Touted as the 'tiger state', Madhya Pradesh has managed to make some progress with respect to conservation of the national animal. However, the conservation has thrown new challenges for the central Indian state as instances of man-animal conflict are showing gradual surge. Madhya Pradesh recorded 17 instances of tigers attacking humans in 2020, with six people dying, compared with just ten incidents and four deaths in 2019.
In May, a woman was killed while she had gone to the jungle to gather Tendu Patta near the Pench Tiger Reserve. A 22-year-old man was killed by a tiger in the Kanha-Pench corridor in June while gathering wood.
What is disturbing the tiger habitats?
"The forest is splitting up into small parts as a result of highway expansion," says Nitin Gupta, a wildlife activist.
Non-forest regions tend to expand and increase with time, he said, reducing the forest to isolated forest islands. Forest fragmentation wreaks havoc on the natural ecosystem and disturbs the creatures that live there. "The protected habitat of the tiger has decreased over time, while human involvement has increased," Gupta said.
Unlawful encroachment in the buffer zone, according to Gupta, is limiting the amount of area available for tigers and other animals to roam. When their movement space is constrained, animals enter residential areas.
Environmentalist Ajay Dubey believes that the government has to implement different mitigating measures such as animal overpasses and animal transmission lines to minimise animal accidents on national highways.
The first underpass for India's wildlife corridor was completed in August on National Highway 44. The Kanha-Pench corridor is bisected by a 1400-meter-long underpass.
Why is there a spike in man-animal conflict cases?
Vincent Rahim, Field Director of Bandhavgarh Tiger Reserve, points towards the "problem of plenty". In many areas, the number of tigers exceeds the space to accommodate them. The tigers often clash amongst themselves when there is a lack of space. In quest of fresh territory, tigers enter the residential areas, making the man-animal conflict and unavoidable consequence.
According to a report by Sandeep Chauksey, illegal access into the core and buffer areas for gathering minor forest produce, daily necessities, and livestock grazing are the main causes of the current conflict.
Large forest areas have been degraded and fragmented for construction of rail lines and roads, according to the report. Forest fragmentation, agriculture field development, human settlement, mining, and dams not only degrade the natural habitat of the wild animals, they also expose tigers to wandering out towards human settlements.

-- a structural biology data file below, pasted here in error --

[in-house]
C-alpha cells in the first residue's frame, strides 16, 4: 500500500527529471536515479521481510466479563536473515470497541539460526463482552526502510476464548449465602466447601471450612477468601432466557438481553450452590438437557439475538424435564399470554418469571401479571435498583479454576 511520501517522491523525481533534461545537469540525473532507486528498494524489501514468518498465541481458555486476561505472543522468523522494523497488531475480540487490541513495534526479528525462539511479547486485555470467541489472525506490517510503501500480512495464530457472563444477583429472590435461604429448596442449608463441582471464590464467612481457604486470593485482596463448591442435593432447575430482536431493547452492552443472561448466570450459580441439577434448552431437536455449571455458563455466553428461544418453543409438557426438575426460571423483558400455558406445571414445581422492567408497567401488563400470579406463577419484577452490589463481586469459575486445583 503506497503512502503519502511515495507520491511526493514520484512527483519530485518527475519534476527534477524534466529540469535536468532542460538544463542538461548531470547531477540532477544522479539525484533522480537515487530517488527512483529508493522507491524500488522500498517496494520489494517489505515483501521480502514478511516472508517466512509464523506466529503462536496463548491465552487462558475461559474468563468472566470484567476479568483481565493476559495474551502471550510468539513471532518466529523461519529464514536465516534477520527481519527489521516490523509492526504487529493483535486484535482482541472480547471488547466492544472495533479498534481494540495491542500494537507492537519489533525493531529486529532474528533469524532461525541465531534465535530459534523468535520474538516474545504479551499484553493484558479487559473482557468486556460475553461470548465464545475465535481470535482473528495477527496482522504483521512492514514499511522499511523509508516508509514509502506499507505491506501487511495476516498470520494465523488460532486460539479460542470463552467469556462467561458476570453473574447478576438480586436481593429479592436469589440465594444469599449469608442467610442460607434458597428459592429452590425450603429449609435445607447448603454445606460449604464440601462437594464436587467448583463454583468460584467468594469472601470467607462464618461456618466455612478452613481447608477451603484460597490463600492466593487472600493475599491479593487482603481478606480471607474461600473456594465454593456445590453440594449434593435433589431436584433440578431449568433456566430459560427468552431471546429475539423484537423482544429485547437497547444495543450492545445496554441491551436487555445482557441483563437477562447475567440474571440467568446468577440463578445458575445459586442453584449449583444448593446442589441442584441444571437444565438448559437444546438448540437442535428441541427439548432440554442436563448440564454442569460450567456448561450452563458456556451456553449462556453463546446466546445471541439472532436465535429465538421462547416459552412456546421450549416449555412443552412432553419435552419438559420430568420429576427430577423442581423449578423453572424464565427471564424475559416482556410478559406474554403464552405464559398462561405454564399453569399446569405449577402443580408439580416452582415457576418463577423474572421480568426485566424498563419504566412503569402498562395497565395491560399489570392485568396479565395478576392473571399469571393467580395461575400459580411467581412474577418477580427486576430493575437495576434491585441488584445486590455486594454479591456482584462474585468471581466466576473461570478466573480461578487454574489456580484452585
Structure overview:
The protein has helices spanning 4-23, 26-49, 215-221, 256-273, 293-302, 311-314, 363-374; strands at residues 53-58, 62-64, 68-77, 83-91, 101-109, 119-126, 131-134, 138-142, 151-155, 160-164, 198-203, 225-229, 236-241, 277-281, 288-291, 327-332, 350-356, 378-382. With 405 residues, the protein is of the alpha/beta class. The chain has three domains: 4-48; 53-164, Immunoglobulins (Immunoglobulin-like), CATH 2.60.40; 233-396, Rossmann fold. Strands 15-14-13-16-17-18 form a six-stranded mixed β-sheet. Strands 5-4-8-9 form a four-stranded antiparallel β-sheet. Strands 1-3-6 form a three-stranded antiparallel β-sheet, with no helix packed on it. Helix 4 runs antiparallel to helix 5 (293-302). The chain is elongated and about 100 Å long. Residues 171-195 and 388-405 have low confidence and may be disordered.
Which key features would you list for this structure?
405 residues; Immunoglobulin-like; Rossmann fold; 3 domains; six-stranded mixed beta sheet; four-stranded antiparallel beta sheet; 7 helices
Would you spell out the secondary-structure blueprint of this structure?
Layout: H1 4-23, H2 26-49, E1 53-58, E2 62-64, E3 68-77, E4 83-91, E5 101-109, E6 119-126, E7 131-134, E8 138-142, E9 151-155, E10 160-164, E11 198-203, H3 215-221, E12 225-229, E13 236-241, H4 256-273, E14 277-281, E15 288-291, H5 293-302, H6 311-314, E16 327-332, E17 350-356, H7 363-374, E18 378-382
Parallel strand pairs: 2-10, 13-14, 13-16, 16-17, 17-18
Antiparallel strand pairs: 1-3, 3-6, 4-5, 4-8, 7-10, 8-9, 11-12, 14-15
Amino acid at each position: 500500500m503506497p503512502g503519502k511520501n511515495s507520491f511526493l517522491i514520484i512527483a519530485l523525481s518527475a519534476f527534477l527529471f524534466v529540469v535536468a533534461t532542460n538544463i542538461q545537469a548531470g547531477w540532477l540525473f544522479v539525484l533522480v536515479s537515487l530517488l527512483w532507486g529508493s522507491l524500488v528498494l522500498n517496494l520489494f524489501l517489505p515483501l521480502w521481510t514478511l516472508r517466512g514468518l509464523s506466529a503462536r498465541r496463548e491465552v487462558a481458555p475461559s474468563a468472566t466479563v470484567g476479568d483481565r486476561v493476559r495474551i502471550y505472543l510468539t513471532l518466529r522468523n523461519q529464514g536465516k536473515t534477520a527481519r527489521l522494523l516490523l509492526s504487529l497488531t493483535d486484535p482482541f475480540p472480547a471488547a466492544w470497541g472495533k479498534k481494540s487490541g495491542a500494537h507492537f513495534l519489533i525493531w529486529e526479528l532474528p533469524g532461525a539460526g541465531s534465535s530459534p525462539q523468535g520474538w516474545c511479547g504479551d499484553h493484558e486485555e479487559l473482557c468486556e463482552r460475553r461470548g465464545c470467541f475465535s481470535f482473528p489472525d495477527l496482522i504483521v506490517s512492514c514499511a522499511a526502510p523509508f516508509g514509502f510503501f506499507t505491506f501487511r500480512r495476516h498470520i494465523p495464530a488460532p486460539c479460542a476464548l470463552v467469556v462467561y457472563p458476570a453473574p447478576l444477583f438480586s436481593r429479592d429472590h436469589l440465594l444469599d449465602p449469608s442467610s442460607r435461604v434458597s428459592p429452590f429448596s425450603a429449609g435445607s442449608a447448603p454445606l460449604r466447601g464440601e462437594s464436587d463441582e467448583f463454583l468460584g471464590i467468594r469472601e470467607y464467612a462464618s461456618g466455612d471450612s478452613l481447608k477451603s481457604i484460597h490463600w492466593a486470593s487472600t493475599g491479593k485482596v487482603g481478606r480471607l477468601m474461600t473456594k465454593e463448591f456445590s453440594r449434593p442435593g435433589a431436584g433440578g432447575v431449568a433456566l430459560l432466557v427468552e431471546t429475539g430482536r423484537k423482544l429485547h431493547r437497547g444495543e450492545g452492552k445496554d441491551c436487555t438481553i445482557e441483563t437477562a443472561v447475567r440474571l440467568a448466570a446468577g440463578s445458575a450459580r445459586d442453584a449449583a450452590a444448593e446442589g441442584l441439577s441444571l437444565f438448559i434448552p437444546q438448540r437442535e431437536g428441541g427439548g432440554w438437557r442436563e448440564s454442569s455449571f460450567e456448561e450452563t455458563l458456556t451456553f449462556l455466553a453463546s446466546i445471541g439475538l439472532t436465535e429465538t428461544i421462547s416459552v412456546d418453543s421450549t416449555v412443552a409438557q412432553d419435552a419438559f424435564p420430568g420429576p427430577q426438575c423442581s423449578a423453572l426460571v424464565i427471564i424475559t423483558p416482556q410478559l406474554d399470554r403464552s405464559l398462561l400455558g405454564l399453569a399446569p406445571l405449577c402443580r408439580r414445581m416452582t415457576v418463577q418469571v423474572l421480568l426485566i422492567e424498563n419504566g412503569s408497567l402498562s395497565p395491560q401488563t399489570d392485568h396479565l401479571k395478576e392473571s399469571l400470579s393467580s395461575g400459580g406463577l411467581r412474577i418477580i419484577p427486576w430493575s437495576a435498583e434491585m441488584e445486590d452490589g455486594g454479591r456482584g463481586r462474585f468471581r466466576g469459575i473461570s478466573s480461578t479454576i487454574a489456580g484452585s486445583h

How is the government planning to tackle man-animal conflict?
Apart from keeping in check the tiger killing and poaching activities, Madhya Pradesh's forest department Alok Kumar, Chief Wildlife Warden of Madhya Pradesh, says, "We are keeping the tiger corridor intact that links two tiger reserves."
"Through the formation of a Joint Forest Management (JFM) committee, we are connecting with stakeholders, including villagers living in tiger reserves," he explains. The forest department ensures that forest livelihoods are protected by providing them with safety. They also attempt to raise forest inhabitants' knowledge and attentiveness so that they can cohabit with tigers.
How do people living around tiger reserves survive?
As the summer hits peak in the region, water and feed for cattle becomes scarce. The villagers then venture into the forest areas in search of fodder, Mahua, or timber. That is when the majority of tiger attacks occur.
"We finish the work on our agricultural fields during the day. We don't venture out of our house after evening," says Dheeraj Pandey, who lives near Panna Tiger Reserve. He says the tigers often roam around in the village and have attacked the animals on several occasions. "We immediately notify the forest guard and other officials if we spot a tiger," he adds.
Sudheer Kol says when the tigers don't get enough food in the jungle, they step into the village and attack the livestock. Kol, a Kol tribe member, lives near the Sanjay Tiger Reserve.
Why is Madhya Pradesh known as the 'Tiger State'?
According to All India Tiger Estimation report of 2018, Madhya Pradesh is home to 526 tigers, highest in India. It is closely followed by Karnataka with 524 tigers. In 2010, there were 300 tigers in Karnataka, compared to 257 in Madhya Pradesh.
"Since we kept our tiger state designation in 2018, tourist influx in tiger reserves has increased," Alok Kumar said. "Locals benefit from tourist activities because they provide job opportunities."
He explained, "We have prepared our team for the 2022 tiger census by giving them appropriate training. We are optimistic that the 2022 survey will go down without a hitch, and that the tiger status will be retained once more."
The Indian government began Project Tiger, a tiger conservation initiative, in 1973. Since its initiation, Project Tiger has grown from nine tiger reserves to 51, scattered over 18 of the tiger range states. The Ministry of Environment, Forests and Climate Change provides government aid to tiger states for tiger conservation in designated tiger reserves, according to the plans.
Core and buffer zones were established to construct tiger reserves. In core zones, any sort of human interference is prohibited.
The term "buffer zone" refers to a region where residents and wildlife co-exist. In the buffer zone, ecotourism, recreation, agriculture, and forestry are allowed. A core area is surrounded by buffer zones.
There are six tiger reserves in Madhya Pradesh--Kanha Tiger Reserve, Pench Tiger Reserve, Bandhavgarh Tiger Reserve, Panna Tiger Reserve, Satpura Tiger Reserve, and Sanjay-Dubri Tiger Reserve.
The author is a freelance journalist based in Madhya Pradesh.